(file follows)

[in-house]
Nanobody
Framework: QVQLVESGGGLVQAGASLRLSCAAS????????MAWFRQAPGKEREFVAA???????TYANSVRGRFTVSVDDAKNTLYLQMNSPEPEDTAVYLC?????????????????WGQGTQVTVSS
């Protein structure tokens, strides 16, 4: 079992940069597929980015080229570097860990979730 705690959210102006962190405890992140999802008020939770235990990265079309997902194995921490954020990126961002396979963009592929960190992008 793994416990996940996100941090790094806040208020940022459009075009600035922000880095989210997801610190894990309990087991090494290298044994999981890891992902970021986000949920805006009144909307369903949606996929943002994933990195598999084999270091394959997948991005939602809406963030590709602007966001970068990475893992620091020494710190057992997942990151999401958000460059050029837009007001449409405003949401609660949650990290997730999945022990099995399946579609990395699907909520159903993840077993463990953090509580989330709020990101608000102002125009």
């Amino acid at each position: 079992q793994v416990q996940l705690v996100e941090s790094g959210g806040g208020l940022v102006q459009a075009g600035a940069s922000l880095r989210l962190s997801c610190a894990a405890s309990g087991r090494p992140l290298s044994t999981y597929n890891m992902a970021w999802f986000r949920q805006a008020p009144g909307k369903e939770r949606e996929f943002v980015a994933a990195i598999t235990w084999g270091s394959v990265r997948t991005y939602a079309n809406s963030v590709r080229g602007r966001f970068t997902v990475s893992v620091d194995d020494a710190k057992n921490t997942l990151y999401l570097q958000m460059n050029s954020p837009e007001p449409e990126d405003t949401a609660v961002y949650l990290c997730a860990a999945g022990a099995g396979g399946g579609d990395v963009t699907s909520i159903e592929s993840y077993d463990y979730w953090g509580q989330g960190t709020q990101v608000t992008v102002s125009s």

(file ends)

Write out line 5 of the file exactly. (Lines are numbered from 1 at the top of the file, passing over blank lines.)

């Amino acid at each position: 079992q793994v416990q996940l705690v996100e941090s790094g959210g806040g208020l940022v102006q459009a075009g600035a940069s922000l880095r989210l962190s997801c610190a894990a405890s309990g087991r090494p992140l290298s044994t999981y597929n890891m992902a970021w999802f986000r949920q805006a008020p009144g909307k369903e939770r949606e996929f943002v980015a994933a990195i598999t235990w084999g270091s394959v990265r997948t991005y939602a079309n809406s963030v590709r080229g602007r966001f970068t997902v990475s893992v620091d194995d020494a710190k057992n921490t997942l990151y999401l570097q958000m460059n050029s954020p837009e007001p449409e990126d405003t949401a609660v961002y949650l990290c997730a860990a999945g022990a099995g396979g399946g579609d990395v963009t699907s909520i159903e592929s993840y077993d463990y979730w953090g509580q989330g960190t709020q990101v608000t992008v102002s125009s």